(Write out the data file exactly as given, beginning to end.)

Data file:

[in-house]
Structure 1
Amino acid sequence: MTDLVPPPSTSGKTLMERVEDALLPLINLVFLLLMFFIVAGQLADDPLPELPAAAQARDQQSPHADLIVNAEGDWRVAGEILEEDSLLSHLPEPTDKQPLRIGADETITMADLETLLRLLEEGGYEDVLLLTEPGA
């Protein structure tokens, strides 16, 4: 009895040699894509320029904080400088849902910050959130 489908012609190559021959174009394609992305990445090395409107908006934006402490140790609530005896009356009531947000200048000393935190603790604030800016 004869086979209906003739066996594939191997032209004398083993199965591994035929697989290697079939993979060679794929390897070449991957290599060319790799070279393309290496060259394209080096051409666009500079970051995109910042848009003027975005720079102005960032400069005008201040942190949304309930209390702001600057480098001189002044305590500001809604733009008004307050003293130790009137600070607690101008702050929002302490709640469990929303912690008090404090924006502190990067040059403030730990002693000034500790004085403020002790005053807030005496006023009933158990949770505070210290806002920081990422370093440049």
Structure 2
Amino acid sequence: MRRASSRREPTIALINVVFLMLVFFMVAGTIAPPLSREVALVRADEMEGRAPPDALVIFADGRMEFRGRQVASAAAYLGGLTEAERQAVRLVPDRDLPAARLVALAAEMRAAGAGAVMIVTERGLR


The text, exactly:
[in-house]
Structure 1
Amino acid sequence: MTDLVPPPSTSGKTLMERVEDALLPLINLVFLLLMFFIVAGQLADDPLPELPAAAQARDQQSPHADLIVNAEGDWRVAGEILEEDSLLSHLPEPTDKQPLRIGADETITMADLETLLRLLEEGGYEDVLLLTEPGA
């Protein structure tokens, strides 16, 4: 009895040699894509320029904080400088849902910050959130 489908012609190559021959174009394609992305990445090395409107908006934006402490140790609530005896009356009531947000200048000393935190603790604030800016 004869086979209906003739066996594939191997032209004398083993199965591994035929697989290697079939993979060679794929390897070449991957290599060319790799070279393309290496060259394209080096051409666009500079970051995109910042848009003027975005720079102005960032400069005008201040942190949304309930209390702001600057480098001189002044305590500001809604733009008004307050003293130790009137600070607690101008702050929002302490709640469990929303912690008090404090924006502190990067040059403030730990002693000034500790004085403020002790005053807030005496006023009933158990949770505070210290806002920081990422370093440049």
Structure 2
Amino acid sequence: MRRASSRREPTIALINVVFLMLVFFMVAGTIAPPLSREVALVRADEMEGRAPPDALVIFADGRMEFRGRQVASAAAYLGGLTEAERQAVRLVPDRDLPAARLVALAAEMRAAGAGAVMIVTERGLR